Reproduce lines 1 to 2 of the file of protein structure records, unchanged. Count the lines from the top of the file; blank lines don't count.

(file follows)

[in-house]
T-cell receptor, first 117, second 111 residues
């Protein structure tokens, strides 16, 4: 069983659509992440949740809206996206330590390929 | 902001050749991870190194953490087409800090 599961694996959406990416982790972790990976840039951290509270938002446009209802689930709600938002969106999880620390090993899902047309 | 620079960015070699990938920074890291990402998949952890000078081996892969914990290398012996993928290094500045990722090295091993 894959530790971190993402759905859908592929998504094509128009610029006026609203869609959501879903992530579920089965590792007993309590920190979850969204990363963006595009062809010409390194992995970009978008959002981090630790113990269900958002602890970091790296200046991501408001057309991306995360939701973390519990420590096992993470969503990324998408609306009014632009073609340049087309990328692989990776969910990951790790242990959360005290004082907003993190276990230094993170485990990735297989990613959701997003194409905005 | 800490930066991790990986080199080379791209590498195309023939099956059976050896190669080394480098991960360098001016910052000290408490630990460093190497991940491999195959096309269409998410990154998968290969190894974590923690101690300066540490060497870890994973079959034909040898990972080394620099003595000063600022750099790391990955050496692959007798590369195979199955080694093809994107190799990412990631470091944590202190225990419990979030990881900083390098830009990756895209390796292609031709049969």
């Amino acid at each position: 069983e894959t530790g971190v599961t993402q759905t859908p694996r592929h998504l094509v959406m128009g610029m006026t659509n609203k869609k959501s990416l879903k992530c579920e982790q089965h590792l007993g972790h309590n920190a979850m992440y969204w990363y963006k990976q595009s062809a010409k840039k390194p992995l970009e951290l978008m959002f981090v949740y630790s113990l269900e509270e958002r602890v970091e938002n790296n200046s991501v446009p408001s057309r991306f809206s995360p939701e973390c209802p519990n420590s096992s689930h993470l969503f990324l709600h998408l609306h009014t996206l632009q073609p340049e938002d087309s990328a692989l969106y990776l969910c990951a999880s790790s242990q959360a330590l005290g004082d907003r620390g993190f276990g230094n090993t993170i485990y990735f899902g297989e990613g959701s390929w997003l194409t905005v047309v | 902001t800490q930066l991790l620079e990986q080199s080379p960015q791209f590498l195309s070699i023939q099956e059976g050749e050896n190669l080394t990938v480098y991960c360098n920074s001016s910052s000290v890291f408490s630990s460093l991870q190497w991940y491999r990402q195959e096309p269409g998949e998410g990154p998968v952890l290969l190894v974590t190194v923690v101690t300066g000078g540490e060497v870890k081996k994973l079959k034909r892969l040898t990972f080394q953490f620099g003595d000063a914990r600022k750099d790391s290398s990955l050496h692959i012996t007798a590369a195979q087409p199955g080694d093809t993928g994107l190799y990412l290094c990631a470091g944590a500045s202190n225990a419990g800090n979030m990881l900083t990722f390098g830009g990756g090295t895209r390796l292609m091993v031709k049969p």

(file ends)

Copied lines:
[in-house]
T-cell receptor, first 117, second 111 residues